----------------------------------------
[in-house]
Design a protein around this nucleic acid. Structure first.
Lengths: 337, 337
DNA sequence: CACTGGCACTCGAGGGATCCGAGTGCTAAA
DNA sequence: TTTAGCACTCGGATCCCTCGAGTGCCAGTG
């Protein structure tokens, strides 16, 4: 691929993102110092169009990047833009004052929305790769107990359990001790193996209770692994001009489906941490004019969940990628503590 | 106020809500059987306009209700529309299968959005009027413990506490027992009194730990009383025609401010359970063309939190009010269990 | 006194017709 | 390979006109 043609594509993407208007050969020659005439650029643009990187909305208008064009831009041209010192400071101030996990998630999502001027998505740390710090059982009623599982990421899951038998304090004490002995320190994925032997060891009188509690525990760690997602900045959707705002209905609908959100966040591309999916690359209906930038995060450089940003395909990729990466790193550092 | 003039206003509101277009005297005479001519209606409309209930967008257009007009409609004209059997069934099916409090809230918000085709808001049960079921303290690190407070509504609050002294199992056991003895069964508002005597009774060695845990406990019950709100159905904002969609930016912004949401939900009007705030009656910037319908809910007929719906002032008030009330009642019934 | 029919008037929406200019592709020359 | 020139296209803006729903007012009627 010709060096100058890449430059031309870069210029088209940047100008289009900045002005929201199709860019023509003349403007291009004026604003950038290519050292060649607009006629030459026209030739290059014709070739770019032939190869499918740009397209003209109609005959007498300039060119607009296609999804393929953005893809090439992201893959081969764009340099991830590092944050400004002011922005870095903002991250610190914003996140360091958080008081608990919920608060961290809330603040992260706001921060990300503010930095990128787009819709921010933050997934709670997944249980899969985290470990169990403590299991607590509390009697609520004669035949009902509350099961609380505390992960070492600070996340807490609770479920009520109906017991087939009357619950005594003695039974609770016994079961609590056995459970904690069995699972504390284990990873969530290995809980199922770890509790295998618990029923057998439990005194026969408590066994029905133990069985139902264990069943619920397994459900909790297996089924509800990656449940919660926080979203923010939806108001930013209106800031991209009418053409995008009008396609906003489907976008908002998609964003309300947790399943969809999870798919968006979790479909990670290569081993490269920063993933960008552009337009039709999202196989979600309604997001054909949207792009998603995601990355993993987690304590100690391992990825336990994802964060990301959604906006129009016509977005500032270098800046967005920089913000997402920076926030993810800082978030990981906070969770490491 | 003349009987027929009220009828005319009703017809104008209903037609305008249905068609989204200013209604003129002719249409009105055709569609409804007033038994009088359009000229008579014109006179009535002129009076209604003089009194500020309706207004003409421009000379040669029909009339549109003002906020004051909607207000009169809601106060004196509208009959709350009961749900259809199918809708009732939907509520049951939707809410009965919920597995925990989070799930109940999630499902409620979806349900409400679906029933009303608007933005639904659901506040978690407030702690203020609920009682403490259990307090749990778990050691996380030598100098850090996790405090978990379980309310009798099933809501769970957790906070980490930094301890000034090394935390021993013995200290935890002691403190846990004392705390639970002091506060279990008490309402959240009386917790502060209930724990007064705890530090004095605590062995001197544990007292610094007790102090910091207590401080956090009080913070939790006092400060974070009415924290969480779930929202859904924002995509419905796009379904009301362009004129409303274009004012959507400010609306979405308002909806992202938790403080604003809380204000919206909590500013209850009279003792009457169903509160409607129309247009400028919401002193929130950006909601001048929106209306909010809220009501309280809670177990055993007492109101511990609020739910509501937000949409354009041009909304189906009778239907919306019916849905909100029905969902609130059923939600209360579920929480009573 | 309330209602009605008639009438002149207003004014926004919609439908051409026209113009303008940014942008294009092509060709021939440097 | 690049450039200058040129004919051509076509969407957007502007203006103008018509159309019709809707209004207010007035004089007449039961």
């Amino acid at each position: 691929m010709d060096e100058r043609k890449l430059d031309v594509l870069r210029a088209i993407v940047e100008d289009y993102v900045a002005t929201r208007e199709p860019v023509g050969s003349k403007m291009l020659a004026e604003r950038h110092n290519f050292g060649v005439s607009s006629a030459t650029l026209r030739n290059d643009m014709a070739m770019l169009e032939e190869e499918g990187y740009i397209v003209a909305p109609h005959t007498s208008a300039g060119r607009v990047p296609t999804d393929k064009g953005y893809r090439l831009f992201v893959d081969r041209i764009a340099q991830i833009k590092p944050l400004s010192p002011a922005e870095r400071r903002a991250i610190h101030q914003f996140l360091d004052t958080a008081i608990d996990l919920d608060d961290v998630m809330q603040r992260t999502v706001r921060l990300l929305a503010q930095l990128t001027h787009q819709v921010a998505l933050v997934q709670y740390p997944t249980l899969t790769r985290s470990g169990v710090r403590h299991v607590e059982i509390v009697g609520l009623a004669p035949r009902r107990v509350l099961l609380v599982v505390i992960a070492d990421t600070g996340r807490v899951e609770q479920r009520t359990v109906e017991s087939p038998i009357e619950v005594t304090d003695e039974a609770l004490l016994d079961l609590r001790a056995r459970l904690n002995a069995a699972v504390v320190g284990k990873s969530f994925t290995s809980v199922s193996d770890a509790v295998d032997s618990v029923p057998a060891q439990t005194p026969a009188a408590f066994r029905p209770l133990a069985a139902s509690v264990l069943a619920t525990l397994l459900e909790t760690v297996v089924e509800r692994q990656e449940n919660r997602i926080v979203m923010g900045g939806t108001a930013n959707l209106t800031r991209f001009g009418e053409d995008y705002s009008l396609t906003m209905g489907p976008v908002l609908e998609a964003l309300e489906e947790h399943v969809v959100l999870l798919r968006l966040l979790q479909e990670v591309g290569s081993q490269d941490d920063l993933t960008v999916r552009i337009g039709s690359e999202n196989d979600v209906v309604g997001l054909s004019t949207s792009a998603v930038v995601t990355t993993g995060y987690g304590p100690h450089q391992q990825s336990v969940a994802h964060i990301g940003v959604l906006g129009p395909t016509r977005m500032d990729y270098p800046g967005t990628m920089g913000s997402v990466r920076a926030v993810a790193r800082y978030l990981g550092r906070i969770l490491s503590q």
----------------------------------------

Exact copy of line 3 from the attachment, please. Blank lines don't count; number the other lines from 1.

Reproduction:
Lengths: 337, 337